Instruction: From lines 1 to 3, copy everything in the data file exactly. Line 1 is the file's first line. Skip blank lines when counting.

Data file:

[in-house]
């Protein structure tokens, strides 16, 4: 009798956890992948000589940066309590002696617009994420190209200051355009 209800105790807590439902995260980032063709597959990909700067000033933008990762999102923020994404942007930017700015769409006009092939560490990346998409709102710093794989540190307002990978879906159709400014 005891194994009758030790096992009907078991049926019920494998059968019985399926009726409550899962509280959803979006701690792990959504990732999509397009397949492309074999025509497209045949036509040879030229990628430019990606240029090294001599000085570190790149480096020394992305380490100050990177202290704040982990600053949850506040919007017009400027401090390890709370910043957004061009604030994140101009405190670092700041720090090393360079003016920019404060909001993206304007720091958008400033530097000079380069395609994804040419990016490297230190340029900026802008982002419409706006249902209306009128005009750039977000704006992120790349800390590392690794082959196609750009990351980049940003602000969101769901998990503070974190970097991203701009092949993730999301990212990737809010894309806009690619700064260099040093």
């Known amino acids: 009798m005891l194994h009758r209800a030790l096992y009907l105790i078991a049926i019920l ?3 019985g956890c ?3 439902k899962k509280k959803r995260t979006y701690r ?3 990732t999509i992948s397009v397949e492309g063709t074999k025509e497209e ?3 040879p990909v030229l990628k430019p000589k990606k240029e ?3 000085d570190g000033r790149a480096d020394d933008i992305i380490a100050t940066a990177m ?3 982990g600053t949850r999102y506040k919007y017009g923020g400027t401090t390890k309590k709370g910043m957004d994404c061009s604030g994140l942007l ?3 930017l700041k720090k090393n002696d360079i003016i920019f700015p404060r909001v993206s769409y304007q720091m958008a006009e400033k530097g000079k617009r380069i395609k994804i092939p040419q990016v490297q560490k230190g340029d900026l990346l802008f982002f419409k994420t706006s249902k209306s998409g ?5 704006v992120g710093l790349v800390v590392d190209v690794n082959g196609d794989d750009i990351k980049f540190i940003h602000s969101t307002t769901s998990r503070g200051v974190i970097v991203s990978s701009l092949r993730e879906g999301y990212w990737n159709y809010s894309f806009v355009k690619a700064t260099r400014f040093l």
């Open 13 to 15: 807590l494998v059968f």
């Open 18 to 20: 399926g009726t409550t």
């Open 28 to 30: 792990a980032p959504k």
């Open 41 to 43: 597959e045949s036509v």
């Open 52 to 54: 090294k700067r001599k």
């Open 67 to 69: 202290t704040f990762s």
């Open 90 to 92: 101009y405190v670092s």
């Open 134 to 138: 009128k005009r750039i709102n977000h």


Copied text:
[in-house]
């Protein structure tokens, strides 16, 4: 009798956890992948000589940066309590002696617009994420190209200051355009 209800105790807590439902995260980032063709597959990909700067000033933008990762999102923020994404942007930017700015769409006009092939560490990346998409709102710093794989540190307002990978879906159709400014 005891194994009758030790096992009907078991049926019920494998059968019985399926009726409550899962509280959803979006701690792990959504990732999509397009397949492309074999025509497209045949036509040879030229990628430019990606240029090294001599000085570190790149480096020394992305380490100050990177202290704040982990600053949850506040919007017009400027401090390890709370910043957004061009604030994140101009405190670092700041720090090393360079003016920019404060909001993206304007720091958008400033530097000079380069395609994804040419990016490297230190340029900026802008982002419409706006249902209306009128005009750039977000704006992120790349800390590392690794082959196609750009990351980049940003602000969101769901998990503070974190970097991203701009092949993730999301990212990737809010894309806009690619700064260099040093």
């Known amino acids: 009798m005891l194994h009758r209800a030790l096992y009907l105790i078991a049926i019920l ?3 019985g956890c ?3 439902k899962k509280k959803r995260t979006y701690r ?3 990732t999509i992948s397009v397949e492309g063709t074999k025509e497209e ?3 040879p990909v030229l990628k430019p000589k990606k240029e ?3 000085d570190g000033r790149a480096d020394d933008i992305i380490a100050t940066a990177m ?3 982990g600053t949850r999102y506040k919007y017009g923020g400027t401090t390890k309590k709370g910043m957004d994404c061009s604030g994140l942007l ?3 930017l700041k720090k090393n002696d360079i003016i920019f700015p404060r909001v993206s769409y304007q720091m958008a006009e400033k530097g000079k617009r380069i395609k994804i092939p040419q990016v490297q560490k230190g340029d900026l990346l802008f982002f419409k994420t706006s249902k209306s998409g ?5 704006v992120g710093l790349v800390v590392d190209v690794n082959g196609d794989d750009i990351k980049f540190i940003h602000s969101t307002t769901s998990r503070g200051v974190i970097v991203s990978s701009l092949r993730e879906g999301y990212w990737n159709y809010s894309f806009v355009k690619a700064t260099r400014f040093l």